Review by Karl Verhoven
Jeff Lemire and Andrea Sorrentino’s collaboration on Green Arrow was a critical and commercial success providing an immediate desirability for Gideon Falls that either creator partnered with someone else might not supply.
Two men form the focus of The Black Barn’s opening chapter, both portrayed as if lost, but in different circumstances. Father Wilfred Quinn has been sent to Gideon Falls to replace Father Tom, who died mysteriously. He’s arrogant, confident and sarcastic, far from the conventional idea of a Catholic priest, yet he needs to atone for previous poor conduct, and we come to consider him a haunted figure. Norton sees a therapist, and spends his days sifting through rubbish searching for signs of a coming devastation that only he can sense, obsessively cataloguing shards he finds.
Norton might as well be a stand in for Sorrentino, whose approach to art is equally obsessive, detailed and then detailed some more. Some of that is down to digital texturing, but one spread features not only thirty skyscrapers rendered small size as a contrast to a large figure, but each has a full set of inked in windows. It’s an astounding effort on Sorrentino’s part also displayed on a series of variations on the cover, where a view of a location from above is outlined as if a human head. Even more notable is that head being recognisable as a cast member, Norton being cover featured. The wonder is that there are enough hours in Sorrentino’s day. Those illustrations further highlight him as an astounding conceptual artist when it comes to page design.
Lemire has an equally conceptual mind and given the sheer volume of comics he writes, a similar work ethic. He only very rarely appears to be spreading himself too thin, and that’s not an issue on Gideon Falls. A small town with a murky past and quirky, furtive inhabitants whose secrets are drawn out by the arrival of a stranger is a well worn fictional path setting a level of expectation, but Lemire greatly restricts the cast to prioritise the disorienting mood. Strange things are going on, but we’re not working our way through suspects along with the local Sheriff. Father Wilfred and his demons are interesting, but Norton’s greater demons are designed to induce a greater fascination. Is he unhinged and delusional or genuinely visionary?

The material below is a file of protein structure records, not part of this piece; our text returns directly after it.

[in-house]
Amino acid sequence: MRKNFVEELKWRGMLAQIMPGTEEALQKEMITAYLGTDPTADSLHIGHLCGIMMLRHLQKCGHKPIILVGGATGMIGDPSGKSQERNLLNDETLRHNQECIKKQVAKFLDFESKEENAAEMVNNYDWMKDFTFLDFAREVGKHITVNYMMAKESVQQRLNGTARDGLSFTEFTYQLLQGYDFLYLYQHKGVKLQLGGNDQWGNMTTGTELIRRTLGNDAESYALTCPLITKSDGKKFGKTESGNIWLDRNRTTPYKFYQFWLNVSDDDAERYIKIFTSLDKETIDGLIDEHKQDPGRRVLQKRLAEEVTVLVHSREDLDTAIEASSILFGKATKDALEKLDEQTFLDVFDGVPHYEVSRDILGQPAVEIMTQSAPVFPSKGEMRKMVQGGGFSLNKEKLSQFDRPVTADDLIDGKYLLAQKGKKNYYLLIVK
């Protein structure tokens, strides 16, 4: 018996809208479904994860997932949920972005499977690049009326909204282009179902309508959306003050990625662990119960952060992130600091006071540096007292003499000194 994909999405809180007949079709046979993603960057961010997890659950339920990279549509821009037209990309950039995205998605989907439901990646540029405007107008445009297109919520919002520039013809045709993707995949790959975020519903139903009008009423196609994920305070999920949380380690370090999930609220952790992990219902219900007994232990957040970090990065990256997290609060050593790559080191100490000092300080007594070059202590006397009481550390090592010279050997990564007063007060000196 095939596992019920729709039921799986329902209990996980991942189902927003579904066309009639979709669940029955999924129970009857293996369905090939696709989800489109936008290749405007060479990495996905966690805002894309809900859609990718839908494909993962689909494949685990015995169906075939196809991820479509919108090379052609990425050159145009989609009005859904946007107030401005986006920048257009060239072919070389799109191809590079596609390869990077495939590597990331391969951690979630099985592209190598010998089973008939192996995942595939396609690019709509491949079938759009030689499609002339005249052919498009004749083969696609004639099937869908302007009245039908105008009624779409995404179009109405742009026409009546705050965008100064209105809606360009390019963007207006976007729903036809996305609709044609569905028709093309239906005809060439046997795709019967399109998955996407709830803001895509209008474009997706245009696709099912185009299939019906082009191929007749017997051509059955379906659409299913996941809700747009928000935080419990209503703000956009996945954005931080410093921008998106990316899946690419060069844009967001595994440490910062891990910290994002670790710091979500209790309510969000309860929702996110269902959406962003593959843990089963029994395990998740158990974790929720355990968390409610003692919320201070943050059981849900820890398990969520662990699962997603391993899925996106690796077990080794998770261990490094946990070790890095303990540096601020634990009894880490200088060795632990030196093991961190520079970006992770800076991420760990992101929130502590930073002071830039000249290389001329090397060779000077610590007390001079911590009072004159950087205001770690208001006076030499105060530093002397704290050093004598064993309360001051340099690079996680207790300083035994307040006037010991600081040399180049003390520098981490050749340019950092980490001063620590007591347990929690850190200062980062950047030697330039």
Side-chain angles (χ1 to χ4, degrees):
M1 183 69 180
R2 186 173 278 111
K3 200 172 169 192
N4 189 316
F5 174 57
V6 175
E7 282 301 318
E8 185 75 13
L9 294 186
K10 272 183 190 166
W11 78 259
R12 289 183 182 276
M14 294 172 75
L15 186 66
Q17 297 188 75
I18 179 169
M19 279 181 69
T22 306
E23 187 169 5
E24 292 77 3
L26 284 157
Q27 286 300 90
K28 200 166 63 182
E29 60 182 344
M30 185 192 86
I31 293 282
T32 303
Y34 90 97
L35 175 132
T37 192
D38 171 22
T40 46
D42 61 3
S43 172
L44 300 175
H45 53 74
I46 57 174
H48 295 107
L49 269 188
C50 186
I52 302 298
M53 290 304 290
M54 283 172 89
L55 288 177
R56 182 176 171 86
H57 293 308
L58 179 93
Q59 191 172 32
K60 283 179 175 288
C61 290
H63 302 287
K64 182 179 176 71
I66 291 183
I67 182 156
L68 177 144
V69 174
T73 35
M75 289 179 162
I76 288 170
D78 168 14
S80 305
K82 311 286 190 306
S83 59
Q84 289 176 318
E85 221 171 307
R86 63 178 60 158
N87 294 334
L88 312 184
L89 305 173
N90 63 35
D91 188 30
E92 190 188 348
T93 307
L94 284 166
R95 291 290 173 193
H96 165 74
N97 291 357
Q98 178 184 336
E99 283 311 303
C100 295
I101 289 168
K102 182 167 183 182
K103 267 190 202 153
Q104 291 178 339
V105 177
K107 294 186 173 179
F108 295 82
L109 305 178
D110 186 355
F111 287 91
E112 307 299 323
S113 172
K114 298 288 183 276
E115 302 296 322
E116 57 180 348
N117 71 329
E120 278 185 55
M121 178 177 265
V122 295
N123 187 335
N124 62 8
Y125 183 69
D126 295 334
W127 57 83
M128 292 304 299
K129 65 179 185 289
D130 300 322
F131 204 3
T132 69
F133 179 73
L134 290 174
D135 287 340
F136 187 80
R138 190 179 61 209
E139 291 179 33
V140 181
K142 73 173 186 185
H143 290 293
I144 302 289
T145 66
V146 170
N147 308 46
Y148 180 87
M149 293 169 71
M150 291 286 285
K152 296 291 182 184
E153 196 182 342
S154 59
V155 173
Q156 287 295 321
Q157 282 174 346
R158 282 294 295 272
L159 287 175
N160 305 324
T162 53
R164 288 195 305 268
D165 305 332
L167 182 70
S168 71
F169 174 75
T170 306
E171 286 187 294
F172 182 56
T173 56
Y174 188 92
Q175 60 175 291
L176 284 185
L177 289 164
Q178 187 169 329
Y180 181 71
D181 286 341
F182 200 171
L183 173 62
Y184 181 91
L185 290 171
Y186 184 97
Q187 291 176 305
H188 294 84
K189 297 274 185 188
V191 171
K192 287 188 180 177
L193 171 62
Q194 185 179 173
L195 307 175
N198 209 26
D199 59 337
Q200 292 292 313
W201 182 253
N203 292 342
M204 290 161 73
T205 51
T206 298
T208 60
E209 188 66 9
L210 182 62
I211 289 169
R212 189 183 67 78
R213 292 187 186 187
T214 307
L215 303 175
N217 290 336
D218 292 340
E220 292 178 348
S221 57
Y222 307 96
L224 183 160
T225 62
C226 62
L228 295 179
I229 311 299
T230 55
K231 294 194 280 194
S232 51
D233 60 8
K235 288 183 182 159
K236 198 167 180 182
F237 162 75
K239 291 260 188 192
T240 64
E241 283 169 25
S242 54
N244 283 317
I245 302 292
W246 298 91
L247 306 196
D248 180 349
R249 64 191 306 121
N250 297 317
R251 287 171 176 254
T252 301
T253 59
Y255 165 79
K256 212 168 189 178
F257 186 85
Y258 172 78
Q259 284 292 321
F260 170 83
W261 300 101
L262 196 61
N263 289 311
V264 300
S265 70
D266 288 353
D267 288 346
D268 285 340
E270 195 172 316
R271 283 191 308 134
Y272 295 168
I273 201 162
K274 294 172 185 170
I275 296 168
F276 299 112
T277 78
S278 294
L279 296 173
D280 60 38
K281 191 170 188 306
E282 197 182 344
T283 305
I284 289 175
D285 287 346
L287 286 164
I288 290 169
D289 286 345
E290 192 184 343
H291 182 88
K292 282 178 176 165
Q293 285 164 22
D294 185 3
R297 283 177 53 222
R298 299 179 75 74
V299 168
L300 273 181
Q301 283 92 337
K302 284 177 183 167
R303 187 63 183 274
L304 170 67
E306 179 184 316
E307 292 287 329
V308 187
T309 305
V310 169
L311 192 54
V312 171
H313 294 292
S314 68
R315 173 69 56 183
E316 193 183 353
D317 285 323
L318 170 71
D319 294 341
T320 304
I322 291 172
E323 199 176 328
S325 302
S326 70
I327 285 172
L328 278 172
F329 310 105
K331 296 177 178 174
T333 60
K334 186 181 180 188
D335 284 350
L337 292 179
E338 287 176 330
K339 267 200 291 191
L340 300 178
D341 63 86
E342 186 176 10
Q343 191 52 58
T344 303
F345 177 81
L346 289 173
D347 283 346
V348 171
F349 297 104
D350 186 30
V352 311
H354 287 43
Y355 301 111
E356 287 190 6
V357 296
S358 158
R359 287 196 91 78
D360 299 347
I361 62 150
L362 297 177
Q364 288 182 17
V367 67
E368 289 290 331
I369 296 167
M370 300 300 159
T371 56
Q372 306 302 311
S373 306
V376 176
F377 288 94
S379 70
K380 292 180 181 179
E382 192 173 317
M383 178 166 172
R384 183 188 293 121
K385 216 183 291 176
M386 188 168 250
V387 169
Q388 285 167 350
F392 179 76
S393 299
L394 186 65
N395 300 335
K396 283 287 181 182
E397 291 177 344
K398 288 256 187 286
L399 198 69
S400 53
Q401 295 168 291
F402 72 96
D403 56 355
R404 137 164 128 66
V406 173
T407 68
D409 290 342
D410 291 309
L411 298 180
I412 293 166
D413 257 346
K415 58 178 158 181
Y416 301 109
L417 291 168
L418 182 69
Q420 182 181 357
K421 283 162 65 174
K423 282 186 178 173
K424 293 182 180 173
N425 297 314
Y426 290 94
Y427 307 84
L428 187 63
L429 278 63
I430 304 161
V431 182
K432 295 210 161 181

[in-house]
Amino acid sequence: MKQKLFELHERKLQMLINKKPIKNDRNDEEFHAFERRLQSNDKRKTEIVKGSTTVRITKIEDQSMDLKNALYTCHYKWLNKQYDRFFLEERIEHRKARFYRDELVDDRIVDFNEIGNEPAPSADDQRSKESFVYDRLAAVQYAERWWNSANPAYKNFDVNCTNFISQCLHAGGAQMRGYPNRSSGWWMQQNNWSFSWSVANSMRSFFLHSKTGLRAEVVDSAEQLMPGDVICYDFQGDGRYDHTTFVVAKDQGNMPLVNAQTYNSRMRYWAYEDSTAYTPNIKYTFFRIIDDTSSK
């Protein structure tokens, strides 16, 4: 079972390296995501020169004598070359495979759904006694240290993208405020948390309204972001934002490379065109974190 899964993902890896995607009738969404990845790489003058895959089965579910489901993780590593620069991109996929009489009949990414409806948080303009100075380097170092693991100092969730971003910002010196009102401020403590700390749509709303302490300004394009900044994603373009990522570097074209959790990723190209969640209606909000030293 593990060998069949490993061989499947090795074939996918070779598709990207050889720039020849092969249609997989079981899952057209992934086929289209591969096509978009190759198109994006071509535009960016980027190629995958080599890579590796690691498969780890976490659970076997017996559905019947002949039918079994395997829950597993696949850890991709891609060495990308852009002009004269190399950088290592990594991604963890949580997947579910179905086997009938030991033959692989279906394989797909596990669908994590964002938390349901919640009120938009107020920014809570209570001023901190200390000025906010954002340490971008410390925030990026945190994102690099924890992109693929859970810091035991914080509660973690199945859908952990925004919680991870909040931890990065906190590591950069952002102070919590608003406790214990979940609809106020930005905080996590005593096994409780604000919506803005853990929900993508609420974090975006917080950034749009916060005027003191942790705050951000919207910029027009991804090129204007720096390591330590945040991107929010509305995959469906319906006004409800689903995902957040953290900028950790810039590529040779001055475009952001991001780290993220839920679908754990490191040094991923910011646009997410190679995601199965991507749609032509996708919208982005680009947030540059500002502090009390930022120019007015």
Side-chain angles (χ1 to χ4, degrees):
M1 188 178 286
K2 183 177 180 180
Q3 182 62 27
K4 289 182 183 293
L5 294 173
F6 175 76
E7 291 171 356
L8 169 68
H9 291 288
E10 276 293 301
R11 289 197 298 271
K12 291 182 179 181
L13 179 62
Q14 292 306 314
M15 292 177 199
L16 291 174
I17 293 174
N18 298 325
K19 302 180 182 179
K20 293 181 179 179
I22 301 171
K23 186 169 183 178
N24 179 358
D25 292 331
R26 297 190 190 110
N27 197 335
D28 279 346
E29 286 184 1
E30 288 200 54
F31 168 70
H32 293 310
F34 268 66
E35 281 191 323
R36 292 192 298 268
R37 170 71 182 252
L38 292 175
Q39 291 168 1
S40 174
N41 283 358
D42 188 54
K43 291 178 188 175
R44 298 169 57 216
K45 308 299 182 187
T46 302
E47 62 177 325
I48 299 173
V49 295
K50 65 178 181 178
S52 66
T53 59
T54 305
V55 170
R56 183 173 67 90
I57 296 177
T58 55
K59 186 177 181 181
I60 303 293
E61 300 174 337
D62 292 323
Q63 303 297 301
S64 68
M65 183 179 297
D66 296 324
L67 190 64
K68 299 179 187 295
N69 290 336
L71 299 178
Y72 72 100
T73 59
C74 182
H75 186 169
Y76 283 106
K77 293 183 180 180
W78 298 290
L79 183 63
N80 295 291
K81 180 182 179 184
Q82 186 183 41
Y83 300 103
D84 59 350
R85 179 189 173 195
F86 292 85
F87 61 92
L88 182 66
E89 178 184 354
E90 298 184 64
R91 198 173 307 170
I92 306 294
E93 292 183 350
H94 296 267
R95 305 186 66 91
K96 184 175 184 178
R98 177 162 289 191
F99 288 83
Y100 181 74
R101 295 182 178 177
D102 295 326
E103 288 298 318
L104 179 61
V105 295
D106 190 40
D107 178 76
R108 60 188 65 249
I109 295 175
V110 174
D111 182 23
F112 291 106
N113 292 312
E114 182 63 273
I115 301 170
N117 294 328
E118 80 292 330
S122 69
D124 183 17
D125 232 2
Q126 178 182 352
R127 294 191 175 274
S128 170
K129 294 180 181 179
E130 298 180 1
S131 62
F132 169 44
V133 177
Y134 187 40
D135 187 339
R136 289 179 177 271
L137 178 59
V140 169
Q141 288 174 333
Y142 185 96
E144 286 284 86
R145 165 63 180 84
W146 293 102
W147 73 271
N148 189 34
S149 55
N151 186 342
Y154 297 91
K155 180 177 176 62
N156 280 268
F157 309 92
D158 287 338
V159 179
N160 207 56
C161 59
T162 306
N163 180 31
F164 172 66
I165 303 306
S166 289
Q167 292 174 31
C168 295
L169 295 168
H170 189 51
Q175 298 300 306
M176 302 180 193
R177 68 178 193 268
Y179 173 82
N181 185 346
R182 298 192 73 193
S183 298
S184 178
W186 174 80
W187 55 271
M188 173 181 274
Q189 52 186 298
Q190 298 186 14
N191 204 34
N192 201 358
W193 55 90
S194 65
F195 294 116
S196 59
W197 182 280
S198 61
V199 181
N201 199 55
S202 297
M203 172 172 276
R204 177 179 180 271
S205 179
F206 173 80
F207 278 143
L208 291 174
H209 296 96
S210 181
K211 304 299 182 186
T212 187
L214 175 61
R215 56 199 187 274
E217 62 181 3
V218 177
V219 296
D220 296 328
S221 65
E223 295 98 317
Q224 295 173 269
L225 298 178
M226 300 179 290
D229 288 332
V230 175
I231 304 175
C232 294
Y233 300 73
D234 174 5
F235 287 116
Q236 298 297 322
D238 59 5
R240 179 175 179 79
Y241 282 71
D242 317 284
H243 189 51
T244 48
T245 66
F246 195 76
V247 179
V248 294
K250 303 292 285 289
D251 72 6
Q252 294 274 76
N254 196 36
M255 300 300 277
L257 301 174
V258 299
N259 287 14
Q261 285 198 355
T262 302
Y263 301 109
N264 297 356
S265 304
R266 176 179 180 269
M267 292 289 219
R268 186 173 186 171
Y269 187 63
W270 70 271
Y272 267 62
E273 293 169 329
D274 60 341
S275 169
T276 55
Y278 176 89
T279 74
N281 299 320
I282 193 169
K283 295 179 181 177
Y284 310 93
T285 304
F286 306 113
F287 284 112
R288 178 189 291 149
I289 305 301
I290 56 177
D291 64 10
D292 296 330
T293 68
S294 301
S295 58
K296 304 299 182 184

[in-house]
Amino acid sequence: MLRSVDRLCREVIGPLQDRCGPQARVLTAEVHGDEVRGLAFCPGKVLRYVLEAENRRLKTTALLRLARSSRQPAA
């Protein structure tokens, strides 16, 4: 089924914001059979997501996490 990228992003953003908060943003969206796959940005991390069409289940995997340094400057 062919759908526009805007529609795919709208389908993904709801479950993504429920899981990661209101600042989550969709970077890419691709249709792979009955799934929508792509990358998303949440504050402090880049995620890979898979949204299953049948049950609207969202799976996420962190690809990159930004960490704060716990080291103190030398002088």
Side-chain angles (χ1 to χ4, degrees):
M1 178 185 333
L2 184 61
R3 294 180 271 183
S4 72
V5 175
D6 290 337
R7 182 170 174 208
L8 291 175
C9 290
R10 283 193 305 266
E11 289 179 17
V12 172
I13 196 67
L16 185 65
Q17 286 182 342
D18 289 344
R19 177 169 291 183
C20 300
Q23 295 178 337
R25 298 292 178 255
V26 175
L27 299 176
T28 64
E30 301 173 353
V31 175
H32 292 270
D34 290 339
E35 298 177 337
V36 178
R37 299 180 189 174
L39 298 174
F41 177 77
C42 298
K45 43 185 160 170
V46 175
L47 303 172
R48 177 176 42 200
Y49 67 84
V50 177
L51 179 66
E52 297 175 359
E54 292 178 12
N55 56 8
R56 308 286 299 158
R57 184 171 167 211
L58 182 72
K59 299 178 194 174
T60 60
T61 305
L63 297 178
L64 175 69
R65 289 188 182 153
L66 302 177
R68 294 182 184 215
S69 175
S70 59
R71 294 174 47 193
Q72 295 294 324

Dave Stewart certainly is. His colour is spectacular, and essential to the prevailing mood, largely muted natural tones, but with occasional bursts of red never good news for anyone in the vicinity.
Once we’re comfortable with the small cast Lemire expands moderately, everyone slightly off-centre, as Father Wilfred learns how he’s viewed by some: “We’re fighting for the soul of Gideon Falls, and you Father are our newest soldier”. By then we’ve also learned of the manifesting terror that is the Black Barn, if not entirely what it represents. In sinister outlook, foreboding atmosphere and pacing Gideon Falls greatly resembles Robert Kirkman and Paul Azaceta’s Outcast, but Lemire and Sorrentino’s introduction is infinitely richer and more satisfying. Sorrentino and Stewart have already marked their cards, but they take a step up with the deliberately confusing final chapter that opens new doors and sets a new path with a redemptive theme.
The Black Barn is compelling and intelligent horror with a human core grappling with some massive questions. It’s a stunning series introduction, winner of an Eisner Award for Best New Series, making Original Sins an essential purchase.
The series was successful enough to generate bulkier hardback editions, beginning with The Legend of the Black Barn.